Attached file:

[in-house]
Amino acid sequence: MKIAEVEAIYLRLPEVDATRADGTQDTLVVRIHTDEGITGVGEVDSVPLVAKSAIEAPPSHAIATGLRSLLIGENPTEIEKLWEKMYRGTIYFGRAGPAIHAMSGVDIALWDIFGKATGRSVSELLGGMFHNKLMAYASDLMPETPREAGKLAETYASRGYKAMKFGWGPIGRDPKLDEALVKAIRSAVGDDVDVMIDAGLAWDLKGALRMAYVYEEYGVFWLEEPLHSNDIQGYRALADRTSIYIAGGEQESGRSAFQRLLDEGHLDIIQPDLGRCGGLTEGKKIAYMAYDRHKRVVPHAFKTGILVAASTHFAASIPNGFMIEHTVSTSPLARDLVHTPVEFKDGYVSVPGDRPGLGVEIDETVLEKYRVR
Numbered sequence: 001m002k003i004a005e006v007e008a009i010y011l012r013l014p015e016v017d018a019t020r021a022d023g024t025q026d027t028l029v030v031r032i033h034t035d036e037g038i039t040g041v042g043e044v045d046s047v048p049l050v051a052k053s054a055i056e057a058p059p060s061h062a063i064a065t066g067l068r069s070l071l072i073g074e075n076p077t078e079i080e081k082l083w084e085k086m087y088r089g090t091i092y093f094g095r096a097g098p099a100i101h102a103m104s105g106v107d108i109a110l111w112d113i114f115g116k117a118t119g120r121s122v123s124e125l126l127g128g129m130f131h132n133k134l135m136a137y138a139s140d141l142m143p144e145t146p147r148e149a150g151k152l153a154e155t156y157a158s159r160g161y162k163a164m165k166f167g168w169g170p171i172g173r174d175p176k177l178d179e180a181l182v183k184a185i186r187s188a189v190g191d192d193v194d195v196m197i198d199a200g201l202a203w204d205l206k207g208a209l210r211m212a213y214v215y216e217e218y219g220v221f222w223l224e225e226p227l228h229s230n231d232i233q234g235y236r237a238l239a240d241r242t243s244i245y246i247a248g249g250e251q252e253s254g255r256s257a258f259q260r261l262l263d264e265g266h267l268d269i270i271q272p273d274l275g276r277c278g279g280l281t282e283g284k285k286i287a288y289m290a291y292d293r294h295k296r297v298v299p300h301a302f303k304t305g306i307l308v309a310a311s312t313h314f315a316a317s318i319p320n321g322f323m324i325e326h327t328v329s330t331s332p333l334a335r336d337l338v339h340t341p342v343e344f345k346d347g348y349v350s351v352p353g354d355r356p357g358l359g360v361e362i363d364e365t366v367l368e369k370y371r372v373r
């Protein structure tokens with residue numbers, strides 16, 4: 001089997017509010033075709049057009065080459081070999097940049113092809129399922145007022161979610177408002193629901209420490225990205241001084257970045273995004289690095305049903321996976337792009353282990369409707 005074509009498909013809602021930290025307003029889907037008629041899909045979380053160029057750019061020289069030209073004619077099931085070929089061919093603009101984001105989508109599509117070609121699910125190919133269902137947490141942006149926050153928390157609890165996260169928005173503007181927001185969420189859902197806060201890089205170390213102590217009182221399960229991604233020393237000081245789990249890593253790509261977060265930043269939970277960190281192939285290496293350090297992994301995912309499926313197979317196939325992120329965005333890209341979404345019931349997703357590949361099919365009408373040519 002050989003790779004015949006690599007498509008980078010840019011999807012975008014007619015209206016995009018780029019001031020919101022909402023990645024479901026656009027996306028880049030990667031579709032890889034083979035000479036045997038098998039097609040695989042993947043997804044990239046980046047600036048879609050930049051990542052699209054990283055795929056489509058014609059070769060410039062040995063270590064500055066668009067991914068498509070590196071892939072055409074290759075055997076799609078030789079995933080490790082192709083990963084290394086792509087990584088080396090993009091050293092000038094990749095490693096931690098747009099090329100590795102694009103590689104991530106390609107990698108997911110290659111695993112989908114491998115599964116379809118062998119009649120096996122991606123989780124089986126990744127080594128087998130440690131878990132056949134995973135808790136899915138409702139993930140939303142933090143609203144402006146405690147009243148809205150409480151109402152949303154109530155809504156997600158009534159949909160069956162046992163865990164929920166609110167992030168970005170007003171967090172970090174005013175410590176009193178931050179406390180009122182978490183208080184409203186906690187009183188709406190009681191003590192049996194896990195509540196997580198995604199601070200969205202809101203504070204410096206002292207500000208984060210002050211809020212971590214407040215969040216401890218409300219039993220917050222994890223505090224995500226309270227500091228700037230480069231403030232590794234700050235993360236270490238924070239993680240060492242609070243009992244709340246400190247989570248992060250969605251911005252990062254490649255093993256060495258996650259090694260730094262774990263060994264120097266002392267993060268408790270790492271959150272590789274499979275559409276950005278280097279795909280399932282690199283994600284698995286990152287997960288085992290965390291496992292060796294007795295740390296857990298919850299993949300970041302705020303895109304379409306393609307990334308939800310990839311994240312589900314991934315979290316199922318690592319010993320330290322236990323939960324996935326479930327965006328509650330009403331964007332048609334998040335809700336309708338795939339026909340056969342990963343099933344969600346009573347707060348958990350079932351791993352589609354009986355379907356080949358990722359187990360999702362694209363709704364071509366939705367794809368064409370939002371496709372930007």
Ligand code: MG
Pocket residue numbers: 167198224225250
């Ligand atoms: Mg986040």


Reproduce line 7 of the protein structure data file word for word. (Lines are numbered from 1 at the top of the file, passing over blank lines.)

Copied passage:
């Ligand atoms: Mg986040």